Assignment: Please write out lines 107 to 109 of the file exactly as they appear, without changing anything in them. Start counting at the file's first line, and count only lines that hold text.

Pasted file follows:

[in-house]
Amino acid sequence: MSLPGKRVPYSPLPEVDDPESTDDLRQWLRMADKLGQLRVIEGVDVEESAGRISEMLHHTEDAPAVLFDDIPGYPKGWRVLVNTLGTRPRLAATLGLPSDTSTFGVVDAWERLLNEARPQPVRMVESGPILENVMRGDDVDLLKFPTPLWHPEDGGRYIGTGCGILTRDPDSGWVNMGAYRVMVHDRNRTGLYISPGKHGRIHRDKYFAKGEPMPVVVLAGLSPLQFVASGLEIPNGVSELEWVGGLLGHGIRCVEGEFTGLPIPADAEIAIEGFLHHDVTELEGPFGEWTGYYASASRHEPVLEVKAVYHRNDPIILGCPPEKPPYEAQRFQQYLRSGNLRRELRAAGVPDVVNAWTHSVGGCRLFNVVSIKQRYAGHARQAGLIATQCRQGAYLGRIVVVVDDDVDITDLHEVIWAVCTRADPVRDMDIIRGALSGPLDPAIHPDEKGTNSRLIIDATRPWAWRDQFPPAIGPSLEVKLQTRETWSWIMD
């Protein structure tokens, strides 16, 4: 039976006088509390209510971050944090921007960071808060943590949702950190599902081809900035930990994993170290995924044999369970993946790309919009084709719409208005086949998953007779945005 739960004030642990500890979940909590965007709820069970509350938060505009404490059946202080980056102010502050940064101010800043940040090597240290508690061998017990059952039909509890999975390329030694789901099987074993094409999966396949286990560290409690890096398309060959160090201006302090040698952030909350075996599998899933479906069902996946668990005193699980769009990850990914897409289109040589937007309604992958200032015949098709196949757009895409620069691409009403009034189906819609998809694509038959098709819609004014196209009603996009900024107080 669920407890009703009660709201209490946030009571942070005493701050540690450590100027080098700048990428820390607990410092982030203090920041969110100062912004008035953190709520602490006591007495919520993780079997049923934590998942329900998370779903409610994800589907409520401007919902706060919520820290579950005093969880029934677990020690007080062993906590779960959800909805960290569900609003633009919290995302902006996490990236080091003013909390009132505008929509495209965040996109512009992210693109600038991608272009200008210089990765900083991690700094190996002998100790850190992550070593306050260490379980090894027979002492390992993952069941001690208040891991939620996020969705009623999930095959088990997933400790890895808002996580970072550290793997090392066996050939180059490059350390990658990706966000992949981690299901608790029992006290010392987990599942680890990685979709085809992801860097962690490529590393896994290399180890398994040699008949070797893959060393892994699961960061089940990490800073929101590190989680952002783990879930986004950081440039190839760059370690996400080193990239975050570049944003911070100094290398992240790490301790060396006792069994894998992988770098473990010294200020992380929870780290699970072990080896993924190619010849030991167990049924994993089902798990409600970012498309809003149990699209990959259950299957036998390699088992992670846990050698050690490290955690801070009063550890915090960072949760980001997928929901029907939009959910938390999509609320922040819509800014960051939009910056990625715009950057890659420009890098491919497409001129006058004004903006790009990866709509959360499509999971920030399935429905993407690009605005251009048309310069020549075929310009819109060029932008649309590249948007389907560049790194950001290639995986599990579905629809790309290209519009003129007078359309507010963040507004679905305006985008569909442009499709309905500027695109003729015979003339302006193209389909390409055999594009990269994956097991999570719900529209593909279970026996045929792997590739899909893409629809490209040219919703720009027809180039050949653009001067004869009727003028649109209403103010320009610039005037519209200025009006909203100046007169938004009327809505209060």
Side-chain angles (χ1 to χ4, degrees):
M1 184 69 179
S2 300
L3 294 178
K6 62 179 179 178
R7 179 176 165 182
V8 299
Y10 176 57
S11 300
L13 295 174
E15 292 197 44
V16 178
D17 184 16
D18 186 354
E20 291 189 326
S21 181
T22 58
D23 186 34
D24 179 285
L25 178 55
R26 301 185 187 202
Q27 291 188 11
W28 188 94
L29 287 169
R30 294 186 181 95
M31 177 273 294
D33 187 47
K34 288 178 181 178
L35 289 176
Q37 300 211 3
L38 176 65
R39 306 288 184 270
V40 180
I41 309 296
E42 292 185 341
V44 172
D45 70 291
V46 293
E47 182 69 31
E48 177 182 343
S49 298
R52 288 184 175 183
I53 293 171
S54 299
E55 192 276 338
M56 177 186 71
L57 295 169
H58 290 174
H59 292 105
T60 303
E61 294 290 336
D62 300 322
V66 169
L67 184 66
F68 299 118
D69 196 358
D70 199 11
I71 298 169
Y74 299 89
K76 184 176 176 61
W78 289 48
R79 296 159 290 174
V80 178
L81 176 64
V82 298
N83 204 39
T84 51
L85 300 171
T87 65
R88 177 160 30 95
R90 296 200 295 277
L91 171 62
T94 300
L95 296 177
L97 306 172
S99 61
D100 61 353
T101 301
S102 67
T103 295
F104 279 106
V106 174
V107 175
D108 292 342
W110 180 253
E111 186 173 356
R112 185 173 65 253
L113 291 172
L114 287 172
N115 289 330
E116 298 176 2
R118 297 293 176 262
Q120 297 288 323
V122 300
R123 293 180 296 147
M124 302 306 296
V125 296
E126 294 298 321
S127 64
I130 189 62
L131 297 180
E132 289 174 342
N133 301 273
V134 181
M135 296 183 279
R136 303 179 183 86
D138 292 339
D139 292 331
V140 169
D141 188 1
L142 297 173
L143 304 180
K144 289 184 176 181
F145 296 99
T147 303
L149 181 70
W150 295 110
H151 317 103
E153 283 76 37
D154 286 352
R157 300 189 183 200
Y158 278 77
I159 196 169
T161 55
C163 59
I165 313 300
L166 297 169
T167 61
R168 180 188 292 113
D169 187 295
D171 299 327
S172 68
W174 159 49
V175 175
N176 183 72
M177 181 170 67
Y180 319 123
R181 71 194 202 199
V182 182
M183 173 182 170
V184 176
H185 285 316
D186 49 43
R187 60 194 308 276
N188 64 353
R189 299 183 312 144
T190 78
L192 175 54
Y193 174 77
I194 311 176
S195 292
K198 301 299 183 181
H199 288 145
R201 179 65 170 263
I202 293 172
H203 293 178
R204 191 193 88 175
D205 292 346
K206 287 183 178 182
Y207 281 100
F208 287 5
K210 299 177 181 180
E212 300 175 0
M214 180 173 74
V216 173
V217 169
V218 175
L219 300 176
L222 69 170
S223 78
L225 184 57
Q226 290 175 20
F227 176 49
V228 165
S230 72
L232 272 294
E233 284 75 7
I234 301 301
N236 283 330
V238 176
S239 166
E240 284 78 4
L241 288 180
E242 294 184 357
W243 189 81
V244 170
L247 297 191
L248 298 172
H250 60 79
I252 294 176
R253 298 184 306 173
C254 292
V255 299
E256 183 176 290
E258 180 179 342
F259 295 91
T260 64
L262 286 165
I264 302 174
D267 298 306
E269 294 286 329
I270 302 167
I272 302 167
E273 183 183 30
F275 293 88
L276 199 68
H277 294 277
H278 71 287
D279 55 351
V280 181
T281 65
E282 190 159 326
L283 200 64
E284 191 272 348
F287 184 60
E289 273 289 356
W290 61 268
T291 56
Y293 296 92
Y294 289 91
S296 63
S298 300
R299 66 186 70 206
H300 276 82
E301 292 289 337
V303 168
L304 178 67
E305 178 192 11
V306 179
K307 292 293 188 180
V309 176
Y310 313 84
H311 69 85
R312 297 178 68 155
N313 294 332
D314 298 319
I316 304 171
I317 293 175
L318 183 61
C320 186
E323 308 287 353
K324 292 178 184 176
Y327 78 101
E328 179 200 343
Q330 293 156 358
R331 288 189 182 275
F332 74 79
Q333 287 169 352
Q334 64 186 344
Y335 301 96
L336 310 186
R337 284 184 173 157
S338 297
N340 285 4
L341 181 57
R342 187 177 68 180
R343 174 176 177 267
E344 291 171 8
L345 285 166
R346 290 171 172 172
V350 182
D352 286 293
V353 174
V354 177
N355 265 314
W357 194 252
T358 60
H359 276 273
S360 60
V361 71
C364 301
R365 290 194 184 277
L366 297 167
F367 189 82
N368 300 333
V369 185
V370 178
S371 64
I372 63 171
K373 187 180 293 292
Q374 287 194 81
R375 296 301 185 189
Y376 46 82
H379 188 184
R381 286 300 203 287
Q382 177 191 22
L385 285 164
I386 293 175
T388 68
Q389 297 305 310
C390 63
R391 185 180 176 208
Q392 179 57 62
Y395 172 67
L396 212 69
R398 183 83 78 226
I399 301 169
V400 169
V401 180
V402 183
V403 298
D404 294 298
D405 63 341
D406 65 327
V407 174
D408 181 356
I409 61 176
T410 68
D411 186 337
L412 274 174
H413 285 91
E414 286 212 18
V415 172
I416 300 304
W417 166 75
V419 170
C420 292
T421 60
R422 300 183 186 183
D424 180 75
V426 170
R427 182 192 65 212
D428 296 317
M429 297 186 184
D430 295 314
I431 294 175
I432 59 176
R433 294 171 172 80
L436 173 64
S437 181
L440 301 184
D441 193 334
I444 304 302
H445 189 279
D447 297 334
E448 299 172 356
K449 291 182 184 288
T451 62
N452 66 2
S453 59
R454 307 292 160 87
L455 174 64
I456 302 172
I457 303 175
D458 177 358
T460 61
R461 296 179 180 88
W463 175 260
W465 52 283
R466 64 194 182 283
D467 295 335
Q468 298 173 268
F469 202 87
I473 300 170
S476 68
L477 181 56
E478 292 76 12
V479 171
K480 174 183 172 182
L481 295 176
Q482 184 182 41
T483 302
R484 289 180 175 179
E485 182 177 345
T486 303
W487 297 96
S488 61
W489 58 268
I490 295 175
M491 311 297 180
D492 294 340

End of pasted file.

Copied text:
V134 181
M135 296 183 279
R136 303 179 183 86